In this document, we describe eight quality standards about the care that any adult living with HIV in the UK should expect to receive. Each standard presents a rationale, quality statements and measurable and auditable outcomes. Inclusion of outcomes does not imply that all of these should or will be audited; some may be best suited for national audit, but others are offered as suggestions for local or regional audit. The demography of HIV within the UK makes it very unlikely that there will be a ‘one-size-fits-all’ model of service delivery, and local arrangements and networks will be necessary to ensure that everyone living with HIV in the UK has equity of access to care that meets the appropriate standards. Clear care pathways into and through HIV services at local, regional and national levels are needed to ensure that people living with HIV can access the care that they need. Many people living with HIV have particularly significant social care needs that may impact on clinical care and potentially compromise well-being. Therefore, an emphasis on integrated and collaborative care is essential if best outcomes are to be realised. Joined up commissioning across the local health economy will be key to achieving these standards.
Scope of standards
We have developed standards of care for people living with HIV from acquisition, across the life course to end of life. Crucially, we include in this document people living with HIV who are as yet unaware of their HIV, as they are at significant risk of poorer health outcomes and inadvertent onward transmission. Testing for HIV is the key entry point for care, treatment and prevention services and is our starting point. The rate of new HIV infections in the UK remains high and the Standards emphasise the range of prevention options available, including the use of ARVs to reduce both HIV acquisition and transmission in the form of pre- and postexposure prophylaxis (PrEP and PEP) and treatment as prevention (TasP), highlighting the pivotal role of people living with HIV in prevention efforts.
As the health and social care landscape evolves, care for people living with HIV will be delivered by a range of service providers, with greater and lesser HIV specialisation and experience. This document gives guidance to all providers on the appropriate standards of care for people living with HIV, the competencies required, and the expected quality outcomes. The Standards need to be read in their entirety and interpreted in light of each other.
Person-centred care is paramount if services are to provide care for people living with HIV which is relevant, appropriate and accessible. To ensure equitable and non-discriminatory care these Standards highlight the pivotal role of HIV-related stigma in all aspects of care, treatment and prevention. They include standards for enhancing self-management, wellbeing and ensuring meaningful user engagement in service design and delivery. They incorporate the appropriate care and services that people living with HIV should be able to access to enable physical, psychological, emotional and social well-being to enhance quality of life and promote best health outcomes. Including a specific standard on wellbeing makes clear the importance of these aspects of people’s lives and highlights the contribution that care providers and people living with HIV can make to enhancing quality of life.
The Standards examine HIV across the life course, taking into account the key aspects of care for people at different stages of life, including young adults and adolescents, young to middle adulthood and older age. The optimisation of quality of life and relief of distress in serious, advanced illness is addressed under palliative care.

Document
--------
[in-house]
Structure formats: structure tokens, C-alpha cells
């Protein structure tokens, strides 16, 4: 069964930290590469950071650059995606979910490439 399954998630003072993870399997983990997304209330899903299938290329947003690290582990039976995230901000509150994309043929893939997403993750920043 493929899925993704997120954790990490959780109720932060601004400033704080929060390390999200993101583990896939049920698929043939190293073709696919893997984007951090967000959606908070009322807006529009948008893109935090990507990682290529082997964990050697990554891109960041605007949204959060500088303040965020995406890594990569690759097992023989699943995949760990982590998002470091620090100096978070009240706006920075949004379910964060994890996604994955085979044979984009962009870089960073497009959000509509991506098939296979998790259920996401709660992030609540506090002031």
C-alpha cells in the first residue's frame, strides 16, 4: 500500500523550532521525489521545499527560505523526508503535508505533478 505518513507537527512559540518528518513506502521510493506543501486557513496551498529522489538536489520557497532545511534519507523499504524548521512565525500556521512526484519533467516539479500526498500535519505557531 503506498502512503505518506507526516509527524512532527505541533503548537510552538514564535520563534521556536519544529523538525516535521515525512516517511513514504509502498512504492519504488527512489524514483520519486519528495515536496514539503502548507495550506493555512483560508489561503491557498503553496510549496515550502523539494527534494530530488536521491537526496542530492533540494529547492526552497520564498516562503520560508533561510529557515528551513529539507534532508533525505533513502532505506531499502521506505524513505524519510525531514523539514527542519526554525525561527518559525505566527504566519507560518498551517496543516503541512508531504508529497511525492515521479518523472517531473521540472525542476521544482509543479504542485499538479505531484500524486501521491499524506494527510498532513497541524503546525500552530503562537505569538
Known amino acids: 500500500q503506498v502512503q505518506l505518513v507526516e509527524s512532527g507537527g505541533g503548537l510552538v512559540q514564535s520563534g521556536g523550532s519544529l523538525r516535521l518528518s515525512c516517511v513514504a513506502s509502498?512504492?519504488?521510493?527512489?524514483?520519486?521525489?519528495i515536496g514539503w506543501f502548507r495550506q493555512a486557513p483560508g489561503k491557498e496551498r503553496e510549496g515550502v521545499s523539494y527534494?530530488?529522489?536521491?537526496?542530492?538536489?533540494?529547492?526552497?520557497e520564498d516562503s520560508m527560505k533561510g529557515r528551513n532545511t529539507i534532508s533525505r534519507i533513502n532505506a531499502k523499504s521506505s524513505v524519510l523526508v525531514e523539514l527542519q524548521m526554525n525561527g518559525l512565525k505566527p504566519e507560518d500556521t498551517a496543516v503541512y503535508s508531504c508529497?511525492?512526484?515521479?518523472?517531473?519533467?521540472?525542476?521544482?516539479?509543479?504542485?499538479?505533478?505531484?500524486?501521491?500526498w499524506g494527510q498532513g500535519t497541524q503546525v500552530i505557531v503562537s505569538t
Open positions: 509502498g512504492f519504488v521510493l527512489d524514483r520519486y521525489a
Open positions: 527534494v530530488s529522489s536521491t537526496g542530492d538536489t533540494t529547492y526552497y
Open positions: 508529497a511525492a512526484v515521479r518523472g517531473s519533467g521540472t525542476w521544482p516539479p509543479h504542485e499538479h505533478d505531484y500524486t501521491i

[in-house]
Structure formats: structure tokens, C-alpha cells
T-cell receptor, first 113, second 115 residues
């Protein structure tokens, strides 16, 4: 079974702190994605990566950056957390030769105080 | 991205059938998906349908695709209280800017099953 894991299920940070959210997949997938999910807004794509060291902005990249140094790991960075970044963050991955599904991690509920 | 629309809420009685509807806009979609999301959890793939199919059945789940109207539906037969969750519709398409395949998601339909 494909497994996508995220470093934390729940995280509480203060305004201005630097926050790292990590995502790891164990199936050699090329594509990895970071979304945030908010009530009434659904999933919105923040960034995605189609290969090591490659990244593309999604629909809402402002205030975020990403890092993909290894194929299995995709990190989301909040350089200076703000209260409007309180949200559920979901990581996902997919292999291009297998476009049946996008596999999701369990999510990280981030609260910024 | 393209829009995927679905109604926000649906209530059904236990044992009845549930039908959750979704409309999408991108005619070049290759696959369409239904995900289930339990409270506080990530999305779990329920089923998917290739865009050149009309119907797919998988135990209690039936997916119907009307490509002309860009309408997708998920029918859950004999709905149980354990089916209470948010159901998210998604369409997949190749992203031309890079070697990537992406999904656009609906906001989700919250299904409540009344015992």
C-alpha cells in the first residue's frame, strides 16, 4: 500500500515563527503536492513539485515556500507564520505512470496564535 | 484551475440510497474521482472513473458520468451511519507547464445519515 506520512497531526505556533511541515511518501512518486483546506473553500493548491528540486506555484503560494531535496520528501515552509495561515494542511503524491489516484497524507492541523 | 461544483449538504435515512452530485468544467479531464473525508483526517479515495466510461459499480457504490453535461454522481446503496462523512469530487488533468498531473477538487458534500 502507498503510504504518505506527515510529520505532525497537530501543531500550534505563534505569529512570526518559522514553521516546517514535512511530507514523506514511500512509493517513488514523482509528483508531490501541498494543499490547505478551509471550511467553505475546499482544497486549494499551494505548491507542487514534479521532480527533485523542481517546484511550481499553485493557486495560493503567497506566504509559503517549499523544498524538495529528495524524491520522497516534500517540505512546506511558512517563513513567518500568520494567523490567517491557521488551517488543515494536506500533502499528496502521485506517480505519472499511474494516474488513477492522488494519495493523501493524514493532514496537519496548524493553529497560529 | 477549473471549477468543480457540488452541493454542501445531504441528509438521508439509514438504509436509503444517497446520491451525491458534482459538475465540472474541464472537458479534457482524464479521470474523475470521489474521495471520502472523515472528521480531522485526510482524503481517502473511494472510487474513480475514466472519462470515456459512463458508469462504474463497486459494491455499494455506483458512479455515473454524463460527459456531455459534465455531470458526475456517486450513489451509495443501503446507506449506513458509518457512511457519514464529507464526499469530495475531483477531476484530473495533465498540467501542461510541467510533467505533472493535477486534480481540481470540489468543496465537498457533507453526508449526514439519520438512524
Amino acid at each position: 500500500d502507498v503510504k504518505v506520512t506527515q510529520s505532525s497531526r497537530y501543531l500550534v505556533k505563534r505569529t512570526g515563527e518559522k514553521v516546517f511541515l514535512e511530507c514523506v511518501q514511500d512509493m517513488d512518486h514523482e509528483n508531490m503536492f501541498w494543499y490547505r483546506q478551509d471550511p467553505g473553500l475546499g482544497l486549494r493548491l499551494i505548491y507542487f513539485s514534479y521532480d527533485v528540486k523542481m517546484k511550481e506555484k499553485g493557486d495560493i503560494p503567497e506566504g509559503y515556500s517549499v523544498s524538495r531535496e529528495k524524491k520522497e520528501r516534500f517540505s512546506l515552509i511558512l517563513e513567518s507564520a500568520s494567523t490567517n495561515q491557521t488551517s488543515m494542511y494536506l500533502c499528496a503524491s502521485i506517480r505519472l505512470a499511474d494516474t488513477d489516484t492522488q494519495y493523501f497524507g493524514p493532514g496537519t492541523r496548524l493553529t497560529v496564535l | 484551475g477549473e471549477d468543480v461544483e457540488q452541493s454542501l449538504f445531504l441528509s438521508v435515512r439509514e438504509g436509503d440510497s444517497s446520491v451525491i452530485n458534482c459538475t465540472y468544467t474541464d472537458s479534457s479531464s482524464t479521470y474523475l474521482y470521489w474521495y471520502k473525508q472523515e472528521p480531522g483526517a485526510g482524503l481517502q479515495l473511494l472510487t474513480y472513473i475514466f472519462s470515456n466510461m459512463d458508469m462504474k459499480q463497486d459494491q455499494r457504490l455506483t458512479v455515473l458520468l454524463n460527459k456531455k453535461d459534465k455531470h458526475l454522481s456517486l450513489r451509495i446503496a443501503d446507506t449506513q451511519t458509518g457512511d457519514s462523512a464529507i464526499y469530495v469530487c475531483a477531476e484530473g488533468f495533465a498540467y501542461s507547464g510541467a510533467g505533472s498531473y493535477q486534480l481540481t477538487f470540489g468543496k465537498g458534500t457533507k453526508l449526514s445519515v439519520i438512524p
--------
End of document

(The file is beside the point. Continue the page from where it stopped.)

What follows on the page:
Maintaining and enhancing knowledge about HIV via both epidemiological/public health surveillance and research is a vital component of care and is included in this set of standards.
These Standards do not provide an exhaustive list but describe the minimum care that a person living with HIV should expect to be able to access. If services are to achieve these standards it will be necessary for providers to work collaboratively within network structures to ensure equity in access and provision for people living with HIV. It will also be dependent on all commissioners working collaboratively across the local health and social care economy, based on local needs assessments.
Aims of the Standards
The aim of these Standards is to define a minimum standard of care that a person living with HIV should expect to receive. It is intended that implementation of these Standards will help those living with HIV to achieve the best possible health outcomes and live well with HIV.
These Standards aim to inform:
People living with HIV about the expected standards of their HIV-related healthcare, social care, support and well-being
Service providers throughout the UK who are involved in any aspect of the delivery of healthcare to people living with HIV
Commissioners who have responsibility for commissioning health and social care for people living with HIV
This set of Standards has been written in the knowledge of the existing Scottish National Involvement Standards (2017), the Psychological Standards for adults living with HIV (2011), and the National Standards for Peer Support in HIV (2017) and aims to complement these publications. Although only applicable to England, the Standards have also been reviewed to ensure that they are consistent with the delivery of the five domains of the NHS Outcomes Framework (2017) and are in keeping with the ambitions of the NHS Quality, Innovation, Productivity and Prevention (QIPP) agenda while sustaining high-quality care (see Appendix 5).